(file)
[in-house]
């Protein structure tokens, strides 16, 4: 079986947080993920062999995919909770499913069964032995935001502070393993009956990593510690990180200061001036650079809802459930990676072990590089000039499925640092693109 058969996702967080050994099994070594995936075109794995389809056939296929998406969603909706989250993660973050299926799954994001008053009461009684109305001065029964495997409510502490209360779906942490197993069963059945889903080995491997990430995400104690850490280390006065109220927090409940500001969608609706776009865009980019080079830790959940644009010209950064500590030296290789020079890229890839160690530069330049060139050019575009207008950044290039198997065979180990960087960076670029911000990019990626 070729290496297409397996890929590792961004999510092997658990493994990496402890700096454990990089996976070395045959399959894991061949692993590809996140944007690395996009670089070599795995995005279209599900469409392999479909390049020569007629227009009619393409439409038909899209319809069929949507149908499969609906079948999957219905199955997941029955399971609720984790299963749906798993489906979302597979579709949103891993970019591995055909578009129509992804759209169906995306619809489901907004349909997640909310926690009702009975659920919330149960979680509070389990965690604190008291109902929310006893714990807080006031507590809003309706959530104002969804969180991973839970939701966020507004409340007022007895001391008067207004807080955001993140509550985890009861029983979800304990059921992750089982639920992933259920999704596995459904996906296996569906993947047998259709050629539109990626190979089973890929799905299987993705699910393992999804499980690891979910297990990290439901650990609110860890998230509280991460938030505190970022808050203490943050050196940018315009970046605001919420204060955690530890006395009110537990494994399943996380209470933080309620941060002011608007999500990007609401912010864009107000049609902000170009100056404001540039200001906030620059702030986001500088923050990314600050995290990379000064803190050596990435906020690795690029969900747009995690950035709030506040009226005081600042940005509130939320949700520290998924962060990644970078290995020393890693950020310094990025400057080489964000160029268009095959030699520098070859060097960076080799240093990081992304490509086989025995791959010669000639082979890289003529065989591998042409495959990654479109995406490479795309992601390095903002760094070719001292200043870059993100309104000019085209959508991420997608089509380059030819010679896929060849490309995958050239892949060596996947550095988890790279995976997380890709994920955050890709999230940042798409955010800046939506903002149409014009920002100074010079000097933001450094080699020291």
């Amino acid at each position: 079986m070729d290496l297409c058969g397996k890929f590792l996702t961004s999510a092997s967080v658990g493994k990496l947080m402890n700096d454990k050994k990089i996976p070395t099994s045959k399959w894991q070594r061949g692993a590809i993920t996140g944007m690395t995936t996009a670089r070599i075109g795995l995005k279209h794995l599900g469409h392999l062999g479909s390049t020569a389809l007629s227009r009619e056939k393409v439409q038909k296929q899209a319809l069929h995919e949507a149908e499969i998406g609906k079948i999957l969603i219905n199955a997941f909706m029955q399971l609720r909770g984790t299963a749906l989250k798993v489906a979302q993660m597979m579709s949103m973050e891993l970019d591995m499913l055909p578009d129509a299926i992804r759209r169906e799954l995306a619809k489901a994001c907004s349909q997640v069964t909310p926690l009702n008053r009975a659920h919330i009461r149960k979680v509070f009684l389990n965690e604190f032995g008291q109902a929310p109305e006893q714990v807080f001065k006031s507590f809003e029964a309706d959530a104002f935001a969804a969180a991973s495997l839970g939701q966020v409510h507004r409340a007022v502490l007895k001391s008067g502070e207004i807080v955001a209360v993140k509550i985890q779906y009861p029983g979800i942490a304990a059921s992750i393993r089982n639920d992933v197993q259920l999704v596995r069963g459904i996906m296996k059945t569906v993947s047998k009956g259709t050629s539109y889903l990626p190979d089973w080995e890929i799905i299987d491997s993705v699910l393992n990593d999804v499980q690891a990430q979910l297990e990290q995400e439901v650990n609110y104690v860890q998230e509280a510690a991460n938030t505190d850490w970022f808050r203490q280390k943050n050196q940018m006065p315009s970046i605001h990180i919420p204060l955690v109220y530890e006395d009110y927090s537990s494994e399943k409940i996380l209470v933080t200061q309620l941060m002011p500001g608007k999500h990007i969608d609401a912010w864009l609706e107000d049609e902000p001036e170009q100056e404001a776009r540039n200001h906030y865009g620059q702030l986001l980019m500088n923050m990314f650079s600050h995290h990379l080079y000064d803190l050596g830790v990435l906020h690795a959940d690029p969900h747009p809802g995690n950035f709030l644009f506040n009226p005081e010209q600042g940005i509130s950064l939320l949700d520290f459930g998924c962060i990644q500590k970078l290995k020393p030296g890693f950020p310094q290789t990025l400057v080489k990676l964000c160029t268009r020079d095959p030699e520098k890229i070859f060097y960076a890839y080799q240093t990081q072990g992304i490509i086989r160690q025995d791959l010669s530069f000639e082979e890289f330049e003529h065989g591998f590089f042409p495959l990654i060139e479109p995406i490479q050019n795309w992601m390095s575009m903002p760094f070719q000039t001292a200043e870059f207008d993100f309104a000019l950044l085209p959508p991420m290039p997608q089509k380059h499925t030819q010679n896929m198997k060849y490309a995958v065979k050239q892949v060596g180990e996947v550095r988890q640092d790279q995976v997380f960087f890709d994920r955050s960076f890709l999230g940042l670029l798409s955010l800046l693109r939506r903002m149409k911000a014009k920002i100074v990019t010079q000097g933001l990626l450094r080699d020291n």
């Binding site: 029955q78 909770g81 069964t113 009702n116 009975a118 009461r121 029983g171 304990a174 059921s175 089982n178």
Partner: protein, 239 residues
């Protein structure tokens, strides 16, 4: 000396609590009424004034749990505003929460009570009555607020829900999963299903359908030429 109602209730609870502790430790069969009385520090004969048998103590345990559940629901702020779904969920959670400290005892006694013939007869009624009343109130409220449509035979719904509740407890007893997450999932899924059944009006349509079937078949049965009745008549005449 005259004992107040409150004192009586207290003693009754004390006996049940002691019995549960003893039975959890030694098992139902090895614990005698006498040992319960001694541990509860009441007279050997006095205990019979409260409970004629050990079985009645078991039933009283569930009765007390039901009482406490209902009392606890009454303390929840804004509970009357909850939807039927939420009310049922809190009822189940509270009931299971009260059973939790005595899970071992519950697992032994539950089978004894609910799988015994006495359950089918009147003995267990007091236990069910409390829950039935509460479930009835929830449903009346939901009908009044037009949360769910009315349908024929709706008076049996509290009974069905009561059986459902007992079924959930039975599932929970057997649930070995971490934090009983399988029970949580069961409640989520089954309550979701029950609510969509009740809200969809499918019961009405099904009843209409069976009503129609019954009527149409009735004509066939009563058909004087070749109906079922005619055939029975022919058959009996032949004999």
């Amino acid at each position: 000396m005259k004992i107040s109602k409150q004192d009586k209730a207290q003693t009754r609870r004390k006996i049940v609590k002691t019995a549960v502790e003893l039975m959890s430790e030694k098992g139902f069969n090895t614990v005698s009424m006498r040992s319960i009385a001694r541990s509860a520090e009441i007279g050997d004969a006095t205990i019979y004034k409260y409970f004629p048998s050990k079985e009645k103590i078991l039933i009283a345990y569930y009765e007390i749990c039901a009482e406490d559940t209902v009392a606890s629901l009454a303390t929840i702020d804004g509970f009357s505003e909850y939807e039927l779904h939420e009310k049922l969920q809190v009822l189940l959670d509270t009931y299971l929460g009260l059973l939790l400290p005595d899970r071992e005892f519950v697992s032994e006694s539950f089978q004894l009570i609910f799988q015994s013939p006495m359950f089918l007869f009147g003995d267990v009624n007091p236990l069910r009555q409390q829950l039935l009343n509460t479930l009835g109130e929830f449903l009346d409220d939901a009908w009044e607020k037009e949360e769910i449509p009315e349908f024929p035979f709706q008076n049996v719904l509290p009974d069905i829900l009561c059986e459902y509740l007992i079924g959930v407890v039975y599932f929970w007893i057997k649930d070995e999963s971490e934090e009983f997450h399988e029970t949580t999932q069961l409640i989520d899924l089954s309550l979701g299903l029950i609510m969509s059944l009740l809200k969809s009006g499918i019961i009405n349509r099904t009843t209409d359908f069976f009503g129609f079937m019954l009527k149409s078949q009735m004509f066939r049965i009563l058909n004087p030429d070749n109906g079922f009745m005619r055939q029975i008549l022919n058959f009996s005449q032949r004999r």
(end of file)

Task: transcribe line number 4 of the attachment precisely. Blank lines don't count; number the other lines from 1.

């Binding site: 029955q78 909770g81 069964t113 009702n116 009975a118 009461r121 029983g171 304990a174 059921s175 089982n178």